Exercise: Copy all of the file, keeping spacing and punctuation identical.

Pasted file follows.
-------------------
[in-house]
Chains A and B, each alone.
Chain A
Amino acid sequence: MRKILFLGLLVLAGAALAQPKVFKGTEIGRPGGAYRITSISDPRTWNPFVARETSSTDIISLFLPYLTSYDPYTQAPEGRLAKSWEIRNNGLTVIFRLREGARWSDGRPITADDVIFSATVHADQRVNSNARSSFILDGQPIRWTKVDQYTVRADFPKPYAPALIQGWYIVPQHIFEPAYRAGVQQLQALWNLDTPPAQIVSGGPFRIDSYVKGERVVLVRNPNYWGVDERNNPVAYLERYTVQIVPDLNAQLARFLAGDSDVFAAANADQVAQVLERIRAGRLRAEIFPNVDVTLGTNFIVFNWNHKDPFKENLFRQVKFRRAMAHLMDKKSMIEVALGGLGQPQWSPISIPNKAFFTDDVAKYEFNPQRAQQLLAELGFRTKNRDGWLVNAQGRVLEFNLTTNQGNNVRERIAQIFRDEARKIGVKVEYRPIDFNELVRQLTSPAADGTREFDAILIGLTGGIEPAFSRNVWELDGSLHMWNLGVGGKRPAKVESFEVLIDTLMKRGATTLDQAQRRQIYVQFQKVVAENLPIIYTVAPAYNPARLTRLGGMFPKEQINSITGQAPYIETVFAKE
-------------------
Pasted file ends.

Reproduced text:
[in-house]
Chains A and B, each alone.
Chain A
Amino acid sequence: MRKILFLGLLVLAGAALAQPKVFKGTEIGRPGGAYRITSISDPRTWNPFVARETSSTDIISLFLPYLTSYDPYTQAPEGRLAKSWEIRNNGLTVIFRLREGARWSDGRPITADDVIFSATVHADQRVNSNARSSFILDGQPIRWTKVDQYTVRADFPKPYAPALIQGWYIVPQHIFEPAYRAGVQQLQALWNLDTPPAQIVSGGPFRIDSYVKGERVVLVRNPNYWGVDERNNPVAYLERYTVQIVPDLNAQLARFLAGDSDVFAAANADQVAQVLERIRAGRLRAEIFPNVDVTLGTNFIVFNWNHKDPFKENLFRQVKFRRAMAHLMDKKSMIEVALGGLGQPQWSPISIPNKAFFTDDVAKYEFNPQRAQQLLAELGFRTKNRDGWLVNAQGRVLEFNLTTNQGNNVRERIAQIFRDEARKIGVKVEYRPIDFNELVRQLTSPAADGTREFDAILIGLTGGIEPAFSRNVWELDGSLHMWNLGVGGKRPAKVESFEVLIDTLMKRGATTLDQAQRRQIYVQFQKVVAENLPIIYTVAPAYNPARLTRLGGMFPKEQINSITGQAPYIETVFAKE